A Roman Hoard

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Pile of Roman-era silver coins atop a red table

Hoard of Roman-Era Silver Coins Discovered In Germany

Nov 19, 2021

Clare Fitzgerald

A hoard of more than 5,500 silver coins dating back 1,800 years to the Roman era have been uncovered along a river in Augsburg, Germany. The coins are said to have originated during the reign of three high-profile emperors.

In an email to Live Science, Stefen Krmnicek, a professor of ancient numismatics, said the coins are made from “denarii, the standard silver denomination” during the 1st to the early-3rd century A.D.” The total weight of the find is approximately 33 pounds, making it the largest hoard of Roman silver ever discovered in Bavaria, Ancient Origins reports.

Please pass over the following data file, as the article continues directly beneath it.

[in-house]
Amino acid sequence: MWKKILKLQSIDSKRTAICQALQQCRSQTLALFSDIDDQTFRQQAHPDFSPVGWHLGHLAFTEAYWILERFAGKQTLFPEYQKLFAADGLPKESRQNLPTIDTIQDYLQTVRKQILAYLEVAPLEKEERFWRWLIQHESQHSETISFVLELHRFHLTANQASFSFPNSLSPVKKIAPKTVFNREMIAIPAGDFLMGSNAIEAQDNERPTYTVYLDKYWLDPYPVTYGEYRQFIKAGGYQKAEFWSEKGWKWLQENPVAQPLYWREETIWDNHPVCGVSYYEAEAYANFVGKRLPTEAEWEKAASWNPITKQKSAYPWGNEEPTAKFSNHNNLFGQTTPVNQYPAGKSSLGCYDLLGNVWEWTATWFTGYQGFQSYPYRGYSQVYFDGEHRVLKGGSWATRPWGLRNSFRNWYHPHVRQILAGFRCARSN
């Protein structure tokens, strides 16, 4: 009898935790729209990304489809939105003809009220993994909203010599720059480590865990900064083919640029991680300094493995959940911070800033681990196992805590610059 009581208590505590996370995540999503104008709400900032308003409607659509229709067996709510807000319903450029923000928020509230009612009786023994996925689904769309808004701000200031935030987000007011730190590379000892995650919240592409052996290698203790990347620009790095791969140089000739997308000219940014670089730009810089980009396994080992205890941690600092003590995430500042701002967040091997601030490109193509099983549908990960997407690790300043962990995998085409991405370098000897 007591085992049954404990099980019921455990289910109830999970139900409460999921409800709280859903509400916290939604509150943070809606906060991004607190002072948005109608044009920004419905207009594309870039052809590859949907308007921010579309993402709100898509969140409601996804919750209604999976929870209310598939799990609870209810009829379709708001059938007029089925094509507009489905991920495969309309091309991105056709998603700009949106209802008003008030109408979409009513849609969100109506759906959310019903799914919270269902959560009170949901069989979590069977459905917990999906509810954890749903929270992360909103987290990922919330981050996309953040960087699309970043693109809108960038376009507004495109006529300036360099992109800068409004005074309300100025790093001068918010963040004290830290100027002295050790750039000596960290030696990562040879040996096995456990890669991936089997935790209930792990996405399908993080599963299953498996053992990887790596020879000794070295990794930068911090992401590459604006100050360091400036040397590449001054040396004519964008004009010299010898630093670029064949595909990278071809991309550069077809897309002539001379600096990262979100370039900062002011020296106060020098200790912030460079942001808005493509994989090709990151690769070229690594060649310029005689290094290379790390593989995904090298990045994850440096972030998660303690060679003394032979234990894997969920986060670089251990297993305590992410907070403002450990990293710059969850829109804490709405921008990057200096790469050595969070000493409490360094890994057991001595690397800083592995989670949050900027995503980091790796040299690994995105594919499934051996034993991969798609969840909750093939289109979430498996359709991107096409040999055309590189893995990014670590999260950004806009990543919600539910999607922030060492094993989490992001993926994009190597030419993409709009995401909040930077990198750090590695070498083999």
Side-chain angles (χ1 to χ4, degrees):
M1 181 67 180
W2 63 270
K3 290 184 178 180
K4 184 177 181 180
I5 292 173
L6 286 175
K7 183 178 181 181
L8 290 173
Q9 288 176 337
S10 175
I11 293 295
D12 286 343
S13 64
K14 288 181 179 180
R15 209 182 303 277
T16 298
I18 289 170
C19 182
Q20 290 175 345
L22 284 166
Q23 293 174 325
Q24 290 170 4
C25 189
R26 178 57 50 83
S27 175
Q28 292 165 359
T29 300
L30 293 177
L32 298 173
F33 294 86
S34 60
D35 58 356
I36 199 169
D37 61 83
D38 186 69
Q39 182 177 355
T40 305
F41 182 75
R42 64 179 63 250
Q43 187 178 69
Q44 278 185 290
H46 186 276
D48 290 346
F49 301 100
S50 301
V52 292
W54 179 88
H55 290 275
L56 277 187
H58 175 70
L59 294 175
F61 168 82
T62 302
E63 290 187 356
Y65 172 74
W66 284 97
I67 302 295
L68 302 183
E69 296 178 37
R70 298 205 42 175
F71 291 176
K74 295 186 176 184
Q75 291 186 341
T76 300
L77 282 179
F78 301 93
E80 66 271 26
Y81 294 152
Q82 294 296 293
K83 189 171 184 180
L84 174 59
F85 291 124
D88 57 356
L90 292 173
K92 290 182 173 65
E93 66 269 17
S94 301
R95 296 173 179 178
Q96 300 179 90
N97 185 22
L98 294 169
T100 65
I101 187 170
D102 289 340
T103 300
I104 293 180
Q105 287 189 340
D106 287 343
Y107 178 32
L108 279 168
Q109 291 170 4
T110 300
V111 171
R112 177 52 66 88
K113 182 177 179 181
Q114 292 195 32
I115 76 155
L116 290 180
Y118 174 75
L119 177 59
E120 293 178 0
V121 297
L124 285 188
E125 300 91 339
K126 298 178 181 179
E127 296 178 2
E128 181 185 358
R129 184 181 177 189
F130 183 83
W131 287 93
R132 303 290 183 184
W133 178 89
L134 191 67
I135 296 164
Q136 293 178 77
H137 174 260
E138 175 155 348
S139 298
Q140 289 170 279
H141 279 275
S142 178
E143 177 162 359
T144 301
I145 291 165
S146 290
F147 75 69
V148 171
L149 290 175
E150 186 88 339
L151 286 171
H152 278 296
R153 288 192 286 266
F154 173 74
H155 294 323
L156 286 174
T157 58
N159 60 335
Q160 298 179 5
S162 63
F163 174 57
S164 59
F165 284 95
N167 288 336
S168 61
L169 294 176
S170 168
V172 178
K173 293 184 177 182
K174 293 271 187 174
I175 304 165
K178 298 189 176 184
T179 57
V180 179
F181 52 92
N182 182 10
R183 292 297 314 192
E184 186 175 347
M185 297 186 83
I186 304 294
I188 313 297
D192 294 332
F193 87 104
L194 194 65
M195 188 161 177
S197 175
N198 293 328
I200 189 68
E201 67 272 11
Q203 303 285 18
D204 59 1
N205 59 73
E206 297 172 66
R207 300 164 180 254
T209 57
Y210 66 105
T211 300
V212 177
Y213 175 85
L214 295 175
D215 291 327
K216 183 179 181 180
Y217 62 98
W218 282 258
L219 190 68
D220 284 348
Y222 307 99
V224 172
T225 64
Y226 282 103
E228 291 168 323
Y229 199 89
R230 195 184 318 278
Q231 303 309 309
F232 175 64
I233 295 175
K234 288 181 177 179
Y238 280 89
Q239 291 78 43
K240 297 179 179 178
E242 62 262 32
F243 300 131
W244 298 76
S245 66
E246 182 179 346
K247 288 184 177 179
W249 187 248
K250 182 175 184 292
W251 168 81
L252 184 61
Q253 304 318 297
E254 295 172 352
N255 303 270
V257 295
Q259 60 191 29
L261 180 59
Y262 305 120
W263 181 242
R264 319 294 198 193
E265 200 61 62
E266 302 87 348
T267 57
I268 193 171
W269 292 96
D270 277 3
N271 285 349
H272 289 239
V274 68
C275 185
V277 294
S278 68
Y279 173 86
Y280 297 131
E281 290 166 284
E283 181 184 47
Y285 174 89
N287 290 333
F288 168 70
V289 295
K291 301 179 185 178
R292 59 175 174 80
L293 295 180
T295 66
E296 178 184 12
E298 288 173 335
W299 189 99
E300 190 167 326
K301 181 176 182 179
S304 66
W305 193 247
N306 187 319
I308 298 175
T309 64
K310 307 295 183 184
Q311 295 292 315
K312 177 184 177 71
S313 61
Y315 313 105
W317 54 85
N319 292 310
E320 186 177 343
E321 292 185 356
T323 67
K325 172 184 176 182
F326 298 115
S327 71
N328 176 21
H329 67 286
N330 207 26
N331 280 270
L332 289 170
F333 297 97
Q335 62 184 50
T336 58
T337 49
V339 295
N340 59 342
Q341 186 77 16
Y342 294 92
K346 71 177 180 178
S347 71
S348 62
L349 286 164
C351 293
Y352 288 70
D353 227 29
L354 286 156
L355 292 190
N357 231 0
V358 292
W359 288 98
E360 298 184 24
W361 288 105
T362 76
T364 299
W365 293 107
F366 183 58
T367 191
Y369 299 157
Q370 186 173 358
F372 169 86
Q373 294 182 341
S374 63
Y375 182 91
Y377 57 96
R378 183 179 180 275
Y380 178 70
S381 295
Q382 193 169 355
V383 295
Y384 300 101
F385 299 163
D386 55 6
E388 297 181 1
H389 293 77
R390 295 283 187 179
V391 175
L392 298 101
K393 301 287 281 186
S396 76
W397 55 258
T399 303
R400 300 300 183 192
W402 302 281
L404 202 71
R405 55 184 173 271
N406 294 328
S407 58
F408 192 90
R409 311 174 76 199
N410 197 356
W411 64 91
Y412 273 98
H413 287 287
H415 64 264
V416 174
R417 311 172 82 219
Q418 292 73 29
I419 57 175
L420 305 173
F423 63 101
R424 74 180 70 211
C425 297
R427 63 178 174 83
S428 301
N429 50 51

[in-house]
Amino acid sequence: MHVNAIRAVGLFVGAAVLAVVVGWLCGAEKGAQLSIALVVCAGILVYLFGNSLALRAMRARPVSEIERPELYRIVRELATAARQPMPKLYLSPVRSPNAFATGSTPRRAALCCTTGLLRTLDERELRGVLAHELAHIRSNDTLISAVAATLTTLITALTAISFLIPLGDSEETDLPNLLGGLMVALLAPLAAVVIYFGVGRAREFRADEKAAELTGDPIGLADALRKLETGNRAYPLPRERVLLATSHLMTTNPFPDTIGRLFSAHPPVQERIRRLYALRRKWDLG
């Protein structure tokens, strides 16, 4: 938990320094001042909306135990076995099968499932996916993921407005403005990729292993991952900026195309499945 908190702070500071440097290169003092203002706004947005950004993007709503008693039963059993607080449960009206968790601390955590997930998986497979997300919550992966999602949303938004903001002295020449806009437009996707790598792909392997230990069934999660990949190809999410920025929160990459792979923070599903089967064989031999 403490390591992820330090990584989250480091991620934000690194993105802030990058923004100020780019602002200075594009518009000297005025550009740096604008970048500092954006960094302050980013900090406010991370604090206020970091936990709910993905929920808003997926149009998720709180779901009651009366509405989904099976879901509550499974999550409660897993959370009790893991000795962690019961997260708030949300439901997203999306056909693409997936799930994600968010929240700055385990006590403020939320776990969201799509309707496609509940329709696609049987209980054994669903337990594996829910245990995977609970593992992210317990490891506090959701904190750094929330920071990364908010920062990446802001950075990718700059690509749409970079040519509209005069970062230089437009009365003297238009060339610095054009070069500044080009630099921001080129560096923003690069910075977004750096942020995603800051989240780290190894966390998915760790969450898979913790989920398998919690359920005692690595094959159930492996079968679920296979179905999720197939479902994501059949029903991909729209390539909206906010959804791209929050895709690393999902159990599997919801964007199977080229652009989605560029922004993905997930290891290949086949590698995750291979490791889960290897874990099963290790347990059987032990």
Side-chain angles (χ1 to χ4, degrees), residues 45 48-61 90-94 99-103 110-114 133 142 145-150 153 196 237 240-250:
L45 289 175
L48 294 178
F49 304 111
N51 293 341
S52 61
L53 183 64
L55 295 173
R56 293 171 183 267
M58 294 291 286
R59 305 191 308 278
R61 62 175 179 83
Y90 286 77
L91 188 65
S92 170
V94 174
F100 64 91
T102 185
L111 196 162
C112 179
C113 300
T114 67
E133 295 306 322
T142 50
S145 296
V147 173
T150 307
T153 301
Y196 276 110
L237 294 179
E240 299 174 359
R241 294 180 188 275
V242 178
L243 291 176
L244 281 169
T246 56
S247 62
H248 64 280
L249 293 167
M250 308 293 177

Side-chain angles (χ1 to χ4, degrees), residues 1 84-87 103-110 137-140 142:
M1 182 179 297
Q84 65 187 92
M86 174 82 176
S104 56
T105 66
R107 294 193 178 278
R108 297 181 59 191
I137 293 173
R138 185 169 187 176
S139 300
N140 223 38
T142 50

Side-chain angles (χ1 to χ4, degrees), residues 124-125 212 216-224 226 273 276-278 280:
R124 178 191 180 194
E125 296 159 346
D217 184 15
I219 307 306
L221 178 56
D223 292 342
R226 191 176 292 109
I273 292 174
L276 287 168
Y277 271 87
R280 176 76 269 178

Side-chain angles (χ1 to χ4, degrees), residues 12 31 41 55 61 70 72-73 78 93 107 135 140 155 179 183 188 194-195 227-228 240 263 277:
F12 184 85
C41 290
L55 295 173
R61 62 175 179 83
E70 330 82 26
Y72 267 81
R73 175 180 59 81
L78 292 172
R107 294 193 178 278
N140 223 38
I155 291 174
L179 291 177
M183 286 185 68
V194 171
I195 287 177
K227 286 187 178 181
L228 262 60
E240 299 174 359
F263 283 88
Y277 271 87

The coins were found earlier this year during the excavation of a site near what once was the earliest ancient Roman base in Bavaria. Sebastian Gairhos, director of the Archaeological Service of the City of Augsburg, said it’s likely they weren’t buried at the location at which they were found and likely moved along an old Wertach river during a flood event.

“We have just started cleaning and studying the material,” Krmnicek added in his email to Live Science. “The youngest coin of the hoard was minted at the beginning of the 3rd century [A.D.], thus dating the deposition of the hoard in the early 3rd century. We currently hypothesize that the hoard was buried in the 3rd century outside the Roman city of Augusta Vindelicum, near the Via Claudia Augusta [a Roman road] running there.”

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